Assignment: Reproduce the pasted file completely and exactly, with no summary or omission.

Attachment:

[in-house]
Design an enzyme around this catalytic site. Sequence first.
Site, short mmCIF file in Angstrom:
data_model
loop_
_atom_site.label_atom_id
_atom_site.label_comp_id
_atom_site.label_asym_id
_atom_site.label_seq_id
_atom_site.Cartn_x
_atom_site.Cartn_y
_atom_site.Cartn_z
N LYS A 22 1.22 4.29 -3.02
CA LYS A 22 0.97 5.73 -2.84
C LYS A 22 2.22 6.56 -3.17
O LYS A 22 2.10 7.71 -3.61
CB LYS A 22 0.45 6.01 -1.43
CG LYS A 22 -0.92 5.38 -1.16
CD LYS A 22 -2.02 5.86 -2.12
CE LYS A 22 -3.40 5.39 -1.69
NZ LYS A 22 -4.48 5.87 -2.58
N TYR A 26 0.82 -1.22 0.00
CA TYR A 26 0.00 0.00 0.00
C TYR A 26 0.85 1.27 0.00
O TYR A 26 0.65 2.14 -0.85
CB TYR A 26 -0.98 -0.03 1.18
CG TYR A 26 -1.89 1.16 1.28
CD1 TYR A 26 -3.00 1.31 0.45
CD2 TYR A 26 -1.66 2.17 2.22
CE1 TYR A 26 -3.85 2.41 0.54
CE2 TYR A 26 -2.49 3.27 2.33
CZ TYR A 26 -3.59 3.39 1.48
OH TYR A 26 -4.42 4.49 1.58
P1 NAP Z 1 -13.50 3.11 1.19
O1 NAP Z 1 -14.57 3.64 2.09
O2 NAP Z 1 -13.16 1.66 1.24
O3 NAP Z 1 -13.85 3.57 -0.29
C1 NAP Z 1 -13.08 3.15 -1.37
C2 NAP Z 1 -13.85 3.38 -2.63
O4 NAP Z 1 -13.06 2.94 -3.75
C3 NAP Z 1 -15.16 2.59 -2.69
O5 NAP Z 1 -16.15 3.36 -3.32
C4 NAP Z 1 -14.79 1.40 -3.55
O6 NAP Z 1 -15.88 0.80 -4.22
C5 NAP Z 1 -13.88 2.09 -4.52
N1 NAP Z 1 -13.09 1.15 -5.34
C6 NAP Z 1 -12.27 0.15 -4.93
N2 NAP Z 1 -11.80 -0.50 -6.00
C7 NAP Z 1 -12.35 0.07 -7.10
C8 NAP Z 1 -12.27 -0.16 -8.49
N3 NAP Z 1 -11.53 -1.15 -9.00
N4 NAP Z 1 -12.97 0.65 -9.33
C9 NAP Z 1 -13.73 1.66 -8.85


[in-house]
Design an enzyme around this catalytic site. Sequence first.
Site, short mmCIF file in Angstrom:
data_model
loop_
_atom_site.label_atom_id
_atom_site.label_comp_id
_atom_site.label_asym_id
_atom_site.label_seq_id
_atom_site.Cartn_x
_atom_site.Cartn_y
_atom_site.Cartn_z
N LYS A 22 1.22 4.29 -3.02
CA LYS A 22 0.97 5.73 -2.84
C LYS A 22 2.22 6.56 -3.17
O LYS A 22 2.10 7.71 -3.61
CB LYS A 22 0.45 6.01 -1.43
CG LYS A 22 -0.92 5.38 -1.16
CD LYS A 22 -2.02 5.86 -2.12
CE LYS A 22 -3.40 5.39 -1.69
NZ LYS A 22 -4.48 5.87 -2.58
N TYR A 26 0.82 -1.22 0.00
CA TYR A 26 0.00 0.00 0.00
C TYR A 26 0.85 1.27 0.00
O TYR A 26 0.65 2.14 -0.85
CB TYR A 26 -0.98 -0.03 1.18
CG TYR A 26 -1.89 1.16 1.28
CD1 TYR A 26 -3.00 1.31 0.45
CD2 TYR A 26 -1.66 2.17 2.22
CE1 TYR A 26 -3.85 2.41 0.54
CE2 TYR A 26 -2.49 3.27 2.33
CZ TYR A 26 -3.59 3.39 1.48
OH TYR A 26 -4.42 4.49 1.58
P1 NAP Z 1 -13.50 3.11 1.19
O1 NAP Z 1 -14.57 3.64 2.09
O2 NAP Z 1 -13.16 1.66 1.24
O3 NAP Z 1 -13.85 3.57 -0.29
C1 NAP Z 1 -13.08 3.15 -1.37
C2 NAP Z 1 -13.85 3.38 -2.63
O4 NAP Z 1 -13.06 2.94 -3.75
C3 NAP Z 1 -15.16 2.59 -2.69
O5 NAP Z 1 -16.15 3.36 -3.32
C4 NAP Z 1 -14.79 1.40 -3.55
O6 NAP Z 1 -15.88 0.80 -4.22
C5 NAP Z 1 -13.88 2.09 -4.52
N1 NAP Z 1 -13.09 1.15 -5.34
C6 NAP Z 1 -12.27 0.15 -4.93
N2 NAP Z 1 -11.80 -0.50 -6.00
C7 NAP Z 1 -12.35 0.07 -7.10
C8 NAP Z 1 -12.27 -0.16 -8.49
N3 NAP Z 1 -11.53 -1.15 -9.00
N4 NAP Z 1 -12.97 0.65 -9.33
C9 NAP Z 1 -13.73 1.66 -8.85